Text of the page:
Far Cry: Primal
Set during 10,000 B.C. a hunter by the name of Takkar of the Wenja tribe is the lone survivor of his hunting party, he arrives in the land of Oros only to learn that his tribe is scattered and of very few thanks to the rival tribes. Takaar is tasked with the responsibility to restore order and glory to his tribe.
- the entire dialog audio is in a primitive language inspired by Proto-Indo-European, a language that was spoken by our ancestors 12,000 years ago, and subtitled in English.
- Open Sandbox Environment
- Variety of animals to hunt
- Gameplay elements inspired by the survival genre
Main Story: 14 & 1/2 Hours
Completionist: 30 Hours
PlayStation 4, Xbox One: February 23, 2016
Microsoft Windows: March 1, 2016
In just a little over a year ago, Ubisoft released a survey with questions based on what kind of themes or locations the fans would like to see in future Far Cry titles. Some of the feedback listed vampires, zombies, dinosaurs, a post-apocalyptic world, and historical warfare. A few modern locations were mentioned such as Peru and Alaska. When looking at these different themes, you might wonder how that might look within the franchise, and it appears that Ubisoft was probably doing the same while making the decision to go forward with Far Cry: Primal.
Far Cry: Primal is definitely unique in an industry populated by futuristic shooters. Ubisoft still seems to be focused on taking us back in time while other publishers are giving us a look into the technological possibilities that the future may hold. Another way Ubisoft has broken away from modern trends is that they have chosen avoid annual releases with the development of the new Assassin’s Creed game. The big question here is weather Far Cry: Primal is also step in the right direction.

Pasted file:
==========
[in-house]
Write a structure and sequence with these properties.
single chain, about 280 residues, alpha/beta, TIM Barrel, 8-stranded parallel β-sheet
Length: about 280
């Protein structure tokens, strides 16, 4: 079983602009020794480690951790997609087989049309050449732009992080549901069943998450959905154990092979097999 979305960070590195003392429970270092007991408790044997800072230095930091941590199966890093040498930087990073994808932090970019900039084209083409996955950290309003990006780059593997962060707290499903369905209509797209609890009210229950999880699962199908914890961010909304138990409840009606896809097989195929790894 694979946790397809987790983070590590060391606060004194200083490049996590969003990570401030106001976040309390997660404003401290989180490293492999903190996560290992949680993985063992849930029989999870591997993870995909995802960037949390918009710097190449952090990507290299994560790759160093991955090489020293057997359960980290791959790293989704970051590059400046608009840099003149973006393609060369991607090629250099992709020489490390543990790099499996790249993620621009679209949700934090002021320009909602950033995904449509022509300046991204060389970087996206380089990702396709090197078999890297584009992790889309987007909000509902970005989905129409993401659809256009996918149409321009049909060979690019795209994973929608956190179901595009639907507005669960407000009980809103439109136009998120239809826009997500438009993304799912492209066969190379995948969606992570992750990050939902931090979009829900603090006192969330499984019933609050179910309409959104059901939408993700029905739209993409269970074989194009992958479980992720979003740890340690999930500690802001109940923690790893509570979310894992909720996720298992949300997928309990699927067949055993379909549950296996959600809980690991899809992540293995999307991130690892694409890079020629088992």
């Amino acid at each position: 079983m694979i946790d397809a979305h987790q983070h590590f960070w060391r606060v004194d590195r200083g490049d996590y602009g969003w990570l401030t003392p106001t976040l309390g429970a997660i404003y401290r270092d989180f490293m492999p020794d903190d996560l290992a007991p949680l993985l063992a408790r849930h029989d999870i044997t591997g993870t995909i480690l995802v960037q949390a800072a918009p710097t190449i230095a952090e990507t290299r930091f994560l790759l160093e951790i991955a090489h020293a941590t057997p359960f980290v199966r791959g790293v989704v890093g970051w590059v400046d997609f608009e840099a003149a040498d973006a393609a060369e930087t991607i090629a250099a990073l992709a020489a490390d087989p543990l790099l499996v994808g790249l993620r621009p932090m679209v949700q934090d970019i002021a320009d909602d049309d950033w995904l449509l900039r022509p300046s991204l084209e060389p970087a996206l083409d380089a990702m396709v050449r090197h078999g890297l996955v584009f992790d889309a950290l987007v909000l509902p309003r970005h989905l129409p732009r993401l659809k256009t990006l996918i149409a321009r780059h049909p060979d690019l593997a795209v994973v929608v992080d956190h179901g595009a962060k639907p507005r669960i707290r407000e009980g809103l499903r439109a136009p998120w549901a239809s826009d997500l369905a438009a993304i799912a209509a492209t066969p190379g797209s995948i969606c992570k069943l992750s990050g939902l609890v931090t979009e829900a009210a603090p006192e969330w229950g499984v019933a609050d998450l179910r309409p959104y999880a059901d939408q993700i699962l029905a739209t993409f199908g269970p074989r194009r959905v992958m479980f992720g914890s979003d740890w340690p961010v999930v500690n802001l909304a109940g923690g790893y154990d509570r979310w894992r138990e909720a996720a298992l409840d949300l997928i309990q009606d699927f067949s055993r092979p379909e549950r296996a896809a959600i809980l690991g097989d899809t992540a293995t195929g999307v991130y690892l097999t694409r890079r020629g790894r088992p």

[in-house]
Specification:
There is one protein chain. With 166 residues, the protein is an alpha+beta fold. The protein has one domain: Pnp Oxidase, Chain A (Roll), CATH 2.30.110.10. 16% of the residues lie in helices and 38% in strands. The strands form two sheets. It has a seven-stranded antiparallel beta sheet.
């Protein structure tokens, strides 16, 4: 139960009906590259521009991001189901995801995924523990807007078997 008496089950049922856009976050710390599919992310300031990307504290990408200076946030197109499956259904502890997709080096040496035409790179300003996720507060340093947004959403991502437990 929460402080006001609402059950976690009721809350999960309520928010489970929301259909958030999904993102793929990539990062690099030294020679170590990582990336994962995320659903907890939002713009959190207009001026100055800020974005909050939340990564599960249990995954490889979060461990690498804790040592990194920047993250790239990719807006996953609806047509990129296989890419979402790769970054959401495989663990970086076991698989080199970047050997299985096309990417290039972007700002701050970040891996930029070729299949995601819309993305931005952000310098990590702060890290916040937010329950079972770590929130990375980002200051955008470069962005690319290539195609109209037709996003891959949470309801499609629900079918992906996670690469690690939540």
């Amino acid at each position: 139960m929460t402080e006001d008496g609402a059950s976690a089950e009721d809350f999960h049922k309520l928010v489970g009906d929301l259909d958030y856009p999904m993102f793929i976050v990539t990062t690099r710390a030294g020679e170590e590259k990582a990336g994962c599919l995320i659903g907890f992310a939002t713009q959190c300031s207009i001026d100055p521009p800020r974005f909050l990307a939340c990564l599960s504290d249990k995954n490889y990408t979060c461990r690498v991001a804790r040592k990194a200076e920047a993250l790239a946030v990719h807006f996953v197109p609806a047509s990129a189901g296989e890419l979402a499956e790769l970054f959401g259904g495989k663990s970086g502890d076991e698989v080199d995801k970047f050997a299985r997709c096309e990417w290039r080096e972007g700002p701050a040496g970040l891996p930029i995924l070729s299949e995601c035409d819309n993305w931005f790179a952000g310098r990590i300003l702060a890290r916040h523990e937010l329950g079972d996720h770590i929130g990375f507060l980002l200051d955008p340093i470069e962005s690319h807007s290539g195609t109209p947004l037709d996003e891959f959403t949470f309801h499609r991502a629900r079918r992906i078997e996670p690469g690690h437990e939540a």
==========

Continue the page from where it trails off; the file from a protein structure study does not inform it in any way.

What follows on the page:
As the Wenja tribe journey to the land of Oros, they have been without food for several days. Takkar and a hunting party track a group of mammoths and succeed in hunting one of their young. Unfortunately, the party is ambushed by a saber-toothed tiger and killed, with Takkar being the lone survivor. Alone, Takkar continues toward Oros on a trail of what seems to be from his fellow tribe members. At the end of the trail, he finds and rescues a woman called Sayla who explains that the Wenja village has been destroyed by the Udam, one of the rival tribes. After learning about the tragic events that took place, Takkar makes the decision to explore Oros and reunite his people who remain scattered and homeless. In the process he also discovers that he plays a much larger role in the survival of his people than he thought.
Spiritual Content: Early into Far Cry: Primal, you are introduced to a Shaman named Tensay, and there is one instance where you watch the character sacrifice a rat and put its blood into a skull in which the player character eventually drinks out of. This is done multiple times during the spirit walk missions and in another instance, you see a pair of eyeballs in the crazy Shaman’s concoction. Except for the first, these spirit walk missions are optional. When going to see Tensay, he is usually practicing acts of Shamanism.